Here is a great article from an ER doc. His name is Thomas Doyle MD and he has a book coming out called “Suck It Up, America: The Tough Choices Needed for Real Health-Care Reform”. I highly recommend you read the linked piece but he hits a lot of great points. Here is a quick summary:
- Healthcare costs too much in our country because we deliver too much healthcare. We deliver too much because we demand too much. And we demand it for all the wrong reasons. We’re turning into a nation of anxious wimps.
- In a single night I had patients come in for the following complaints (all brought by ambulance): “Smoked marijuana and got dizzy”, “stung by a bee and it hurts”, “got drunk and have a hangover”, “sat out in the sun and got sunburn”, “ate Mexican food and threw up”, “picked my nose and it bled, but now it stopped”, “just had sex and want to know if I’m pregnant.”
- Our society has warped our perception of true risk. We are taught to fear vaccinations, mold, shark attacks, airplanes and breast implants when we really should worry about smoking, drug abuse, obesity, cars and lack of basic hygiene.
- Somehow we have developed an expectation that our health should always be perfect. We demand unnecessary diagnostic testing, antibiotics for our viruses, narcotics for bruises and sprains. And due to time constraints on physicians, fear of lawsuits and the pressure to keep patients satisfied, we usually get them.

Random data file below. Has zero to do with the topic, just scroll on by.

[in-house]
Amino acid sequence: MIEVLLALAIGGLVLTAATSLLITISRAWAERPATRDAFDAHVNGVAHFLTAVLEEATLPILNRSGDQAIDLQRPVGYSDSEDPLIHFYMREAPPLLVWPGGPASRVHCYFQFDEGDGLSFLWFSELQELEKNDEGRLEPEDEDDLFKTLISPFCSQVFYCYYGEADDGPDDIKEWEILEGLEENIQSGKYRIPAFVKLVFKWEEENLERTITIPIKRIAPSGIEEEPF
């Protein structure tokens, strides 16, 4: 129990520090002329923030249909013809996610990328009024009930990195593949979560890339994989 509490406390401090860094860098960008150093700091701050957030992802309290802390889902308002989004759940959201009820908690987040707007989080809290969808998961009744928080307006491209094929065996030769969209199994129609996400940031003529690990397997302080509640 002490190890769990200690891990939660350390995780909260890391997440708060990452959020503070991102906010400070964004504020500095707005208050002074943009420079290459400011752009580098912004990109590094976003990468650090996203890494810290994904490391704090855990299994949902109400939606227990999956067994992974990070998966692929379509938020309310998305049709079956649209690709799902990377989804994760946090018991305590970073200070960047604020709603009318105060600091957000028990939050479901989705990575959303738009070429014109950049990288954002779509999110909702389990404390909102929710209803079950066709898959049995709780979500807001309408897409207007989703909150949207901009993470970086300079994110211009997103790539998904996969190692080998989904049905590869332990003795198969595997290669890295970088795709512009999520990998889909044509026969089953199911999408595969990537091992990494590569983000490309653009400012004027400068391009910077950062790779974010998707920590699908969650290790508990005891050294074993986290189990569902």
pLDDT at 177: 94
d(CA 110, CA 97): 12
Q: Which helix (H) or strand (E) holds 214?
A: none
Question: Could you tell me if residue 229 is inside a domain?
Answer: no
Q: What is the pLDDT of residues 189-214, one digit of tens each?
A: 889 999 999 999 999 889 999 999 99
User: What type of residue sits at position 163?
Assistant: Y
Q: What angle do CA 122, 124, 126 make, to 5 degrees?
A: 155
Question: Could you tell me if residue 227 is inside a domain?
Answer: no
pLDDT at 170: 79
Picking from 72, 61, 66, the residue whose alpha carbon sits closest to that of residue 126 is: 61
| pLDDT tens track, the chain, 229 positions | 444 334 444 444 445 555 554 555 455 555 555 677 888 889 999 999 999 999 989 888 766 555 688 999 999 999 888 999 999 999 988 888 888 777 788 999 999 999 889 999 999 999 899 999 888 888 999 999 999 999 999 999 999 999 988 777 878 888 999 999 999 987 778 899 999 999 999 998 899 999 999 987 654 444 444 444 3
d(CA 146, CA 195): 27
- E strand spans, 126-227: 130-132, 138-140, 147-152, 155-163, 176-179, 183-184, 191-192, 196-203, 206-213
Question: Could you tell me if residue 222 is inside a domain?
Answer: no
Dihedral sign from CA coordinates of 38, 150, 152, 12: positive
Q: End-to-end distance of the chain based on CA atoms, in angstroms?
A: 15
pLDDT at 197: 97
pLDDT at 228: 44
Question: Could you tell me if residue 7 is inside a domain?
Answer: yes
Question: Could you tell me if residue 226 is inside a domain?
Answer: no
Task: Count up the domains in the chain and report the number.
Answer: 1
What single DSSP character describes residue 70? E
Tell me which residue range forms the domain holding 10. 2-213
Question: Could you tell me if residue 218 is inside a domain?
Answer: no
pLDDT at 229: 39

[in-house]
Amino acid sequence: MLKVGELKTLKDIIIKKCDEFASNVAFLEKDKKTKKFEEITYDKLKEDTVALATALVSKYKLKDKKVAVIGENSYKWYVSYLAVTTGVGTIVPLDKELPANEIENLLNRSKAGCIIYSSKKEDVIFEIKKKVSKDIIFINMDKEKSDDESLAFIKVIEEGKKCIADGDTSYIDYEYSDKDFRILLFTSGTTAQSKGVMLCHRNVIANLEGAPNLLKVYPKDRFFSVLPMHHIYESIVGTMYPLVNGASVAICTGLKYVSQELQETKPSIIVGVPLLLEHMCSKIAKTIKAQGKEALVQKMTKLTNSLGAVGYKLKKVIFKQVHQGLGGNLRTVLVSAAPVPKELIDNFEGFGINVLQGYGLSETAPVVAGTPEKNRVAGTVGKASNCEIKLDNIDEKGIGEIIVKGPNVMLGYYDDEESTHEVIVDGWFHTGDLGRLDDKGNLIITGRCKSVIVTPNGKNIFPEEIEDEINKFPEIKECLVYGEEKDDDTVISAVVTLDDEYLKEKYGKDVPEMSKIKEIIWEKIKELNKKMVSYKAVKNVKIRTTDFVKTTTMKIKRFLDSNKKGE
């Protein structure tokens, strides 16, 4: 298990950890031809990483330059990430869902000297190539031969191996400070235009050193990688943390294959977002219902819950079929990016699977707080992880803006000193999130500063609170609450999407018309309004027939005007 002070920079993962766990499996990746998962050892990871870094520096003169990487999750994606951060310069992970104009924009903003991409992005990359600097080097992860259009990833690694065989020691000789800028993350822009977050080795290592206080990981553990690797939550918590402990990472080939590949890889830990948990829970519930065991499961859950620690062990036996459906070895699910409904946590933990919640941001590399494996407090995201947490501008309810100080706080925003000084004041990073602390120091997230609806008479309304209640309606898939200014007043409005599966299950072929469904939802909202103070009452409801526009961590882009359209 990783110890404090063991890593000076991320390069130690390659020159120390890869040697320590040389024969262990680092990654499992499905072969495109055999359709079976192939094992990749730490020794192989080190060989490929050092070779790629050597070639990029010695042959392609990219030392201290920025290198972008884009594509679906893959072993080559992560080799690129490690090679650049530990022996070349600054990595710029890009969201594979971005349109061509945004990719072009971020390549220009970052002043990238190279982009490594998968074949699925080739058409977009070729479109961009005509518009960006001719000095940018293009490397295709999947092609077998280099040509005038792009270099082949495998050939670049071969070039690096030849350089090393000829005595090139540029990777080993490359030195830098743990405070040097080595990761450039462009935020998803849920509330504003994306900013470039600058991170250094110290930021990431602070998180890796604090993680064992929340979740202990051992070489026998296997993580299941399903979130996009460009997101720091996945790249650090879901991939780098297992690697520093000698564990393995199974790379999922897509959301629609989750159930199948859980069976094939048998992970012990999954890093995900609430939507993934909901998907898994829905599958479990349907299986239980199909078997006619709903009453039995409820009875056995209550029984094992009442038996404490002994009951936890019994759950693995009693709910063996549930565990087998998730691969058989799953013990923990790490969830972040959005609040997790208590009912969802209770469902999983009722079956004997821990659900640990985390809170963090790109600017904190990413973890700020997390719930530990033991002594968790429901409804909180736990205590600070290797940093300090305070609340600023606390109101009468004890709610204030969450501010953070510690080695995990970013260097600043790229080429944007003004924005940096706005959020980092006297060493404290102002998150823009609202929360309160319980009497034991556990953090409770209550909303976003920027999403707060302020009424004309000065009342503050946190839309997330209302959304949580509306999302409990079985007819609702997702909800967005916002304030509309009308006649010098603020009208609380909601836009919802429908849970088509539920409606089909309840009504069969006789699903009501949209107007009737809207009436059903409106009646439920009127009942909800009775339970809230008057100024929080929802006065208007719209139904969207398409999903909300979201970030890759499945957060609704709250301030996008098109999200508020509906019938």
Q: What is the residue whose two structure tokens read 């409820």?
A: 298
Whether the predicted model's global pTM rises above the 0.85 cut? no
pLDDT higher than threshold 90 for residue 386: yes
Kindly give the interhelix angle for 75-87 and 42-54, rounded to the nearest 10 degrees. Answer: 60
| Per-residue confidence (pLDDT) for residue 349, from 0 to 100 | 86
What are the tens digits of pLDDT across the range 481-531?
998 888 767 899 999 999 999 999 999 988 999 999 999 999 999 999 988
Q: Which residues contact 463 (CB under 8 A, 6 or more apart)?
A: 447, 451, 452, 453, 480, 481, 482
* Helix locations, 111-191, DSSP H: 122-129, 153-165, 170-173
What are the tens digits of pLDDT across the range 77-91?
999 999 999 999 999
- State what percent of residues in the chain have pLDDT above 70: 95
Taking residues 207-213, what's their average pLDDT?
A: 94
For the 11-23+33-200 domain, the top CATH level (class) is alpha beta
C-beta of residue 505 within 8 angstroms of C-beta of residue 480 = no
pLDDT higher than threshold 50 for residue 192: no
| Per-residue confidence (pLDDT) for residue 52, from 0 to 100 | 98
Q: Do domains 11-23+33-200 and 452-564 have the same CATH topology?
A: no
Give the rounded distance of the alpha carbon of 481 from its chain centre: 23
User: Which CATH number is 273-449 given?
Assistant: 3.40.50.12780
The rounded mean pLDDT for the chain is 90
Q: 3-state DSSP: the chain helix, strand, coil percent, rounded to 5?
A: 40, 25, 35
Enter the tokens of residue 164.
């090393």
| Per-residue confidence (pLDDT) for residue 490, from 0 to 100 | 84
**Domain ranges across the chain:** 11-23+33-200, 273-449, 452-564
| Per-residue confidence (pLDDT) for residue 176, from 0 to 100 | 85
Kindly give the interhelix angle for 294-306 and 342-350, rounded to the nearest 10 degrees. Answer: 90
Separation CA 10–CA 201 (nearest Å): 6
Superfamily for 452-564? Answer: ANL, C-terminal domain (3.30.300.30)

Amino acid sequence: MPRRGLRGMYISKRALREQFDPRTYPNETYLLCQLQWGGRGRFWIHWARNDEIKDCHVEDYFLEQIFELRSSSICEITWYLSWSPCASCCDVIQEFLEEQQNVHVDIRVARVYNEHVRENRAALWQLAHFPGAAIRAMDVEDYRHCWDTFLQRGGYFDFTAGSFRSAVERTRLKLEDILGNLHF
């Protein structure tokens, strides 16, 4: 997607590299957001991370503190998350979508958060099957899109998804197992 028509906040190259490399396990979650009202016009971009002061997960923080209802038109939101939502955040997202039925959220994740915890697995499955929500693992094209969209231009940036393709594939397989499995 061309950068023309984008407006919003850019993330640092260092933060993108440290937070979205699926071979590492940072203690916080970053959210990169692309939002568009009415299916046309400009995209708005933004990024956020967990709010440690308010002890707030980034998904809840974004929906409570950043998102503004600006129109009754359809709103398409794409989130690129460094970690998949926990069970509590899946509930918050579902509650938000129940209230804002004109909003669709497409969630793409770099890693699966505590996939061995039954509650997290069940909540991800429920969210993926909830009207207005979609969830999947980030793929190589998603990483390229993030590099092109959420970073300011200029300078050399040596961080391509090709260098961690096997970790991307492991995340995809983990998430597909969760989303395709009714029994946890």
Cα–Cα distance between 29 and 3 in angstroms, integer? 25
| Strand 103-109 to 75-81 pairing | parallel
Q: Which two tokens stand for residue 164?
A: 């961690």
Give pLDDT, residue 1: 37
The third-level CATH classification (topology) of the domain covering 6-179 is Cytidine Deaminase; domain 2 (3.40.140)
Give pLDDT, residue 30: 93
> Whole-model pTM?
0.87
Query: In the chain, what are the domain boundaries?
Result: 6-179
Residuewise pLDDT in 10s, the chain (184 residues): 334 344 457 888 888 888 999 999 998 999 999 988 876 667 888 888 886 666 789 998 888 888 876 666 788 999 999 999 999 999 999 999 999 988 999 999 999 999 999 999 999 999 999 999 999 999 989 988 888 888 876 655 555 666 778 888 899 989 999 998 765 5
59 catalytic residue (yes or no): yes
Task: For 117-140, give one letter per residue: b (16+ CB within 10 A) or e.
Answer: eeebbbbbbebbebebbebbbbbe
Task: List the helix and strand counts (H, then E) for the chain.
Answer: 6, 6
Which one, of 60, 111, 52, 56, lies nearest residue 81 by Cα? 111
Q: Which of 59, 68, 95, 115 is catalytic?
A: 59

- The bottom line is that most conditions are self-limited. “Our best medicines are Tincture of Time and Elixir of Neglect.”
- There is tremendous financial pressure on physicians to keep patients happy. But unlike business, in medicine the customer isn’t always right. Sometimes a doctor needs to show tough love and deny patients the quick fix. A good physician needs to have the guts to stand up to people and tell them that their babies gets ear infections because they smoke cigarettes. That it’s time to admit they are alcoholics. That they need to suck it up and deal with discomfort because narcotics will just make everything worse. That what’s really wrong with them is that they are just too damned fat. Unfortunately, this type of advice rarely leads to high patient satisfaction scores.